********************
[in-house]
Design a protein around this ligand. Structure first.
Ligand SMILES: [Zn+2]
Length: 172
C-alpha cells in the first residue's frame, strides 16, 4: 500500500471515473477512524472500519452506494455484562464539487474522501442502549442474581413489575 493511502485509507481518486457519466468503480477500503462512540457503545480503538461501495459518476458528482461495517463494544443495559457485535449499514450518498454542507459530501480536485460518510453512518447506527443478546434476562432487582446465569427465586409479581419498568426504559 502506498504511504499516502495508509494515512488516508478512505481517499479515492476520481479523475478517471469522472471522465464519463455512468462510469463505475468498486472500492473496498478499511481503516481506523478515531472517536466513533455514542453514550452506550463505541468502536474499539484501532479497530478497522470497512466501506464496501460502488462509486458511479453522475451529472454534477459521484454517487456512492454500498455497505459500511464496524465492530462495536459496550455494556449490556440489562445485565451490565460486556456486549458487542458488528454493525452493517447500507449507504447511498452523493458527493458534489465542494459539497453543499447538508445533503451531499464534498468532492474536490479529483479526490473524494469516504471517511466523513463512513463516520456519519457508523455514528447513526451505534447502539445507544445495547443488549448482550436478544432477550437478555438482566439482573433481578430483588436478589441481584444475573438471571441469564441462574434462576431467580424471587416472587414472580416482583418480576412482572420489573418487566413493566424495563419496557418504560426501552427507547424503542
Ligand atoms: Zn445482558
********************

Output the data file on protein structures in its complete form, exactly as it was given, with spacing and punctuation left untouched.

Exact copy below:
[in-house]
Design a protein around this ligand. Structure first.
Ligand SMILES: [Zn+2]
Length: 172
C-alpha cells in the first residue's frame, strides 16, 4: 500500500471515473477512524472500519452506494455484562464539487474522501442502549442474581413489575 493511502485509507481518486457519466468503480477500503462512540457503545480503538461501495459518476458528482461495517463494544443495559457485535449499514450518498454542507459530501480536485460518510453512518447506527443478546434476562432487582446465569427465586409479581419498568426504559 502506498504511504499516502495508509494515512488516508478512505481517499479515492476520481479523475478517471469522472471522465464519463455512468462510469463505475468498486472500492473496498478499511481503516481506523478515531472517536466513533455514542453514550452506550463505541468502536474499539484501532479497530478497522470497512466501506464496501460502488462509486458511479453522475451529472454534477459521484454517487456512492454500498455497505459500511464496524465492530462495536459496550455494556449490556440489562445485565451490565460486556456486549458487542458488528454493525452493517447500507449507504447511498452523493458527493458534489465542494459539497453543499447538508445533503451531499464534498468532492474536490479529483479526490473524494469516504471517511466523513463512513463516520456519519457508523455514528447513526451505534447502539445507544445495547443488549448482550436478544432477550437478555438482566439482573433481578430483588436478589441481584444475573438471571441469564441462574434462576431467580424471587416472587414472580416482583418480576412482572420489573418487566413493566424495563419496557418504560426501552427507547424503542
Ligand atoms: Zn445482558